Howdy all you Supercultists out there on the interwebz! I’m Bad Movie Professor Cameron Coker (BS in “Micahel Jordan” with a minor in “Un-killable Websites”) and I’ll be posting my hype-tacular speeches every week along with some long lost speeches from past Supercult Shows!
This week Supercult believes it can fly and jumps out of a fourth floor window after an overdose of Space Jam!
When the alien amusement park tycoon Mr. Swackhammer and his team of MonStars threatens to enslave the Looney Tunes as new entertainment over a game of basketball, Bugs, Daffy, and the rest of the gang recruit retired basketball star turned minor league baseball player Michael Jordan to save them! Can the Looniest team of misfits defeat an extraterrestrial ‘Mean Team’ with the stolen talent of five star players? Michael Jordan stars in Space Jam!
Ahh, the 90s! Michael Jordan shocks the world by retiring from Basketball to play baseball for the Birmingham Barons (before returning to Basketball and the Chicago Bulls in 1995), R. Kelly’s “I Believe I Can Fly” wins a Grammy for Best Song Written Specifically for Motion Picture or Television, there were just 20 million Americans on the internet (in comparison to the 245 million of today) and films like Mission Impossible, Independence Day, and Supercult Classic The Rock give Americans a collective patriotism boner the size of Mount Rushmore, just in time for the Lewinski Scandal! It’s an era of miracles…and then came Space Jam, the cherry on top.
Released in 1996, Space Jam is a comedy film essentially inspired by a series of highly popular Nike ads in which Bugs Bunny and Michael Jordan faced off against Marvin Martian and his alien henchmen in basketball. Apparently we can add commercials to the list of things that Hollywood will base a film off of given enough financial incentive. Space Jam was a landmark film in a number of ways. It marked the debut of Lola Bunny, a crop top jersey wearing, borderline sexist love interest for Bugs Bunny who’s only character traits are being legitimately good at basketball and disliking the nickname ‘doll’. Space Jam was also the second feature film of low-level director and cinematographer Joe Pytka, whose previous works include the film Let It Ride and a video documentary of Michael Jackson. In all honesty Pytka probably got the job simply on his ability to handle superstars named Michael, especially considering that Warner Bros. built Michael Jordan his own basketball court just to keep him happy while filming.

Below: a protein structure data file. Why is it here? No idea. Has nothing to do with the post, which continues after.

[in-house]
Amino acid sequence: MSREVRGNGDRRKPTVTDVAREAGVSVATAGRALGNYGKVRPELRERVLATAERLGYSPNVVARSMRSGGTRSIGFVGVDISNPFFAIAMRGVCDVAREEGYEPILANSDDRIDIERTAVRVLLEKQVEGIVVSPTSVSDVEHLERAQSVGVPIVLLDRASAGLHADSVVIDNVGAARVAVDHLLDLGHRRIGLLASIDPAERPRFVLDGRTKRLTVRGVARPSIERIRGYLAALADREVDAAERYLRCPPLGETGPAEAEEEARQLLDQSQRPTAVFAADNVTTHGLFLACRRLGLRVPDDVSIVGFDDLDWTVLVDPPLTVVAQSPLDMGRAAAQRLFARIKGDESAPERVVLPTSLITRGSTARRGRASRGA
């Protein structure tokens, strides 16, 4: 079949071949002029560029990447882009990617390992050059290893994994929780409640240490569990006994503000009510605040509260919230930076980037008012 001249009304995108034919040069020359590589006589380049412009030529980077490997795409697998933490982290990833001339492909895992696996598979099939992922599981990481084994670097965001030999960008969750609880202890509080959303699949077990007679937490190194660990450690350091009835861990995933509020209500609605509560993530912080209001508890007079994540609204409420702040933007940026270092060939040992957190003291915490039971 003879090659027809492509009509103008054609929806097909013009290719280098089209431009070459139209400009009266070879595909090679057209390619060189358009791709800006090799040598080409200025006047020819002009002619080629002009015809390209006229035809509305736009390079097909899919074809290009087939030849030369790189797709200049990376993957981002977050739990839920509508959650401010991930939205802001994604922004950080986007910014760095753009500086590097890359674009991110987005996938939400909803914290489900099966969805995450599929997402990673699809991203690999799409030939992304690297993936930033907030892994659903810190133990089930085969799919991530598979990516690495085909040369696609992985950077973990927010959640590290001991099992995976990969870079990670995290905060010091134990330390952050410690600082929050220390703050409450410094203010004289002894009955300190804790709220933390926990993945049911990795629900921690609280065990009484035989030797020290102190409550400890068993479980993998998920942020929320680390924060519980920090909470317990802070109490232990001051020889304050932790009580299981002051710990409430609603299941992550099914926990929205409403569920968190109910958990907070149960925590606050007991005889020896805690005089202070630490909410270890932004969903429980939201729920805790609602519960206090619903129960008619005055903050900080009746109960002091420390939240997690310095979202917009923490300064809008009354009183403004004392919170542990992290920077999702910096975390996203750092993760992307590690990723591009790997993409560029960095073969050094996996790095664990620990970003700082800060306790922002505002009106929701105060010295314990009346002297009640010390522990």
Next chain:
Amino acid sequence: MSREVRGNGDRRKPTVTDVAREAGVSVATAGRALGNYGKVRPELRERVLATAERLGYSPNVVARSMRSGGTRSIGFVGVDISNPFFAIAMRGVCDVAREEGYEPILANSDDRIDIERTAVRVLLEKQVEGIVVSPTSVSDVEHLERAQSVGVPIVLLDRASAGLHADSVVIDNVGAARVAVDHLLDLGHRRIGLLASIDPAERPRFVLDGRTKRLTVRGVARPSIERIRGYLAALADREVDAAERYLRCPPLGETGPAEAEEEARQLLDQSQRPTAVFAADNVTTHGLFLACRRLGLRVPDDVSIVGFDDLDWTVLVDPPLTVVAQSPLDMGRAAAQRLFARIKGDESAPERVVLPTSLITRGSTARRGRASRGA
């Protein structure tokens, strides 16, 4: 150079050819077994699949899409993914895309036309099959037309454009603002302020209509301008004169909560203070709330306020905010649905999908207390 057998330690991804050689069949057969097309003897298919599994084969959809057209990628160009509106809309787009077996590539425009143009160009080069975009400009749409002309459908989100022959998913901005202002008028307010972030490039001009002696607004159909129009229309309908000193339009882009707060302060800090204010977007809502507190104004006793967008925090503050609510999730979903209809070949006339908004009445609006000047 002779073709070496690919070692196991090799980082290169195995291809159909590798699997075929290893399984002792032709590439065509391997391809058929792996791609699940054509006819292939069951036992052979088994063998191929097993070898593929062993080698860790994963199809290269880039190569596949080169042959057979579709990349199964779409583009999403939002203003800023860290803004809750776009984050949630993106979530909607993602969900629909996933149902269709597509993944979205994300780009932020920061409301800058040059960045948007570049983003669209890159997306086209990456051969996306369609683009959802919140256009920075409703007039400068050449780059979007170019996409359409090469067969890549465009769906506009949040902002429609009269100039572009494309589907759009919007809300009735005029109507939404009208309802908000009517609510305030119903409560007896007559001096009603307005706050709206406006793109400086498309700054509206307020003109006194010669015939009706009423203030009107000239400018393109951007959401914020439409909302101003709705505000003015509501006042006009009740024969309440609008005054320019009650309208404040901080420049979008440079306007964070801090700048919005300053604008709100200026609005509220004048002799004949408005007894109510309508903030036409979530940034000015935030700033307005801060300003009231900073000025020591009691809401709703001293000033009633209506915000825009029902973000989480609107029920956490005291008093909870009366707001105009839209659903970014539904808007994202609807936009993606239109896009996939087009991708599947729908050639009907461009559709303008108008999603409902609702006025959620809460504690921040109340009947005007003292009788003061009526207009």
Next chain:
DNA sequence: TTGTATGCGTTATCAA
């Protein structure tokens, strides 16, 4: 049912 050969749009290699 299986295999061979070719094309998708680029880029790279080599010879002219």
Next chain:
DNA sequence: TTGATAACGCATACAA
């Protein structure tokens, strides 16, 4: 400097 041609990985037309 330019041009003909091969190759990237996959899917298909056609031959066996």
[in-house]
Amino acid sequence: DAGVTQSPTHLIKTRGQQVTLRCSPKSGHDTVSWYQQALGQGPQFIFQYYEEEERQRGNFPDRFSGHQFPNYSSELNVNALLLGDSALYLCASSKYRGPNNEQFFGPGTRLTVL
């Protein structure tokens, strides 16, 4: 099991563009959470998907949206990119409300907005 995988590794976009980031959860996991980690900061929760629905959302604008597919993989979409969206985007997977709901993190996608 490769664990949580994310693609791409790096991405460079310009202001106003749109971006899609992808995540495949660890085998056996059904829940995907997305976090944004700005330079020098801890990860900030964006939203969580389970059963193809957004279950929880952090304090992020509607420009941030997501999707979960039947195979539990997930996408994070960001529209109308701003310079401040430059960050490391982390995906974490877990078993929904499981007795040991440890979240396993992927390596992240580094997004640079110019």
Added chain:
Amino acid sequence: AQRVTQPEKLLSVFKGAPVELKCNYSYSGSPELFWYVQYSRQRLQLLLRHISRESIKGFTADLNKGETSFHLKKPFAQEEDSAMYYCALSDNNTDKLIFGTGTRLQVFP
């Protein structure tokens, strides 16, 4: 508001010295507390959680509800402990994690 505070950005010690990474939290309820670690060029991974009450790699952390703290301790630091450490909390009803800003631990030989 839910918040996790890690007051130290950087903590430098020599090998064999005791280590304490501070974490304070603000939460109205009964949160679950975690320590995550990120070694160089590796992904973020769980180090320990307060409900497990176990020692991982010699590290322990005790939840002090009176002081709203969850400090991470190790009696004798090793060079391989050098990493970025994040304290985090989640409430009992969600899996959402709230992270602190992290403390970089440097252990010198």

Along with Jordan, Space Jam features Wayne Night (as Stanley, Michael’s bumbling publicist), Bill Murray, basketball greats such as Larry Bird, Charles Barkley, Shawn Bradley, Patrick Ewing, Larry Jonson, and Muggsy Bogues, as well as the voice talents of Danny DeVito as Swackhammer. Towards the end of the film, Daffy asks Bill Murray, “Exactly how did you get here?” to which Bill’s character responds, “The producer is a friend of mine.” Which is true. The Producer of Space Jam, Ivan Reitman, also produced: Stripes, Ghostbusters & Ghostbusters II, all of which Bill Murray starred in. Sadly Mel Blanc, the creator of the majority of the voices for the Looney Tunes died in 1989. Originally his son Noel Blanc was booked to provide all the male Looney Tunes character’s voices, but when he and WB couldn’t agree on a contract the studio was forced to replace the singular Blanc with four other voice actors to do the 12 voices.
Space Jam actually has a surprising number of under the radar jabs at Hollywood and the entertainment industry. At one point Daffy suggests naming the team “the Ducks”, and Bugs asks “what kind of Mickey Mouse organization would name their team the Ducks?” This actually happened in 1993, when The Walt Disney Company established the Anaheim Ducks of the National Hockey League. Ironically, Space Jam’s debut appearance on TV would eventually be as a part of ABC’s Wonderful World of Disney. At one point Stanley comes into Michael’s hotel room and says, “C’mon, Michael, it’s game time. Slip on your Hanes, lace up your Nikes, take your Wheaties and your Gatorade, and we’ll grab a Big Mac on the way to the ballpark.” All of those things were products that Jordan had been a sponsor for around that time.